E. coli bacteria live in the large intestine of all healthy people and most mammals. There are more than 150 different types.
Most cases of E. Coli meningitis occur in newborn babies and the elderly. Less often it occurs in those with suppressed immune systems weakened by AIDS, cancer, diabetes, immune suppressing drugs following organ or bone marrow transplant, and other disorders.
Infection in newborns occurs during delivery, from bacteria normally present in the birth canal. Premature and low birth-weight babies are at much higher risk. It is a very serious disease. Approximately 20% of newborns die in spite of treatment and many survivors sustain permanent brain damage. Because most cases occur in premature infants it is difficult to determine how much of the damage is due to meningitis and how much is the result of premature birth.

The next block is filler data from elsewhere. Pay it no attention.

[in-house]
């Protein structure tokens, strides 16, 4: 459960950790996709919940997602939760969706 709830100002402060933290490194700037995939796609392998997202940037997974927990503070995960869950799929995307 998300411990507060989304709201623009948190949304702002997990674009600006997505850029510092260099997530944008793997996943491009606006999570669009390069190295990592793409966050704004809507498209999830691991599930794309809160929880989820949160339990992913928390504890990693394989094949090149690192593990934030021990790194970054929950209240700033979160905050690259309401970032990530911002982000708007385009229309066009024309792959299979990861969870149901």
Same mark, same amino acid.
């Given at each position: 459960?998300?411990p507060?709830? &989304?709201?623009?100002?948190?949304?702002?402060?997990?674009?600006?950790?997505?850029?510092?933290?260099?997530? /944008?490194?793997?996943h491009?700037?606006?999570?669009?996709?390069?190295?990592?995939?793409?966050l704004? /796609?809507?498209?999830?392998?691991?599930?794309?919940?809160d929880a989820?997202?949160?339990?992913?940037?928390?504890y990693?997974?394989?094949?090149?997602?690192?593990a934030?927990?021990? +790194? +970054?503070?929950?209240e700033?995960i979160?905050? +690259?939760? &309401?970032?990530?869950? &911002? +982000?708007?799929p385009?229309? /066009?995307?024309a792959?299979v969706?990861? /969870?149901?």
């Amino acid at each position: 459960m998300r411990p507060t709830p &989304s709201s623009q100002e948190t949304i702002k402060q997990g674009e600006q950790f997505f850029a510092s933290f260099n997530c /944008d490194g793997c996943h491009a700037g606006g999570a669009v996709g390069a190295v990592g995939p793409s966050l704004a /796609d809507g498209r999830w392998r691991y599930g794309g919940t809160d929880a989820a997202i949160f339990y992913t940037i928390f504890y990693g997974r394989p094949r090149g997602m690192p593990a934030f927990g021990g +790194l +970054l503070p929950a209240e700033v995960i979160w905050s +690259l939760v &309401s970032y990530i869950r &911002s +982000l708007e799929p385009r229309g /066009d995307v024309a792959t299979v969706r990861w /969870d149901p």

E. coli meningitis is treated with antibiotics and in spite of much research no vaccine has yet been developed.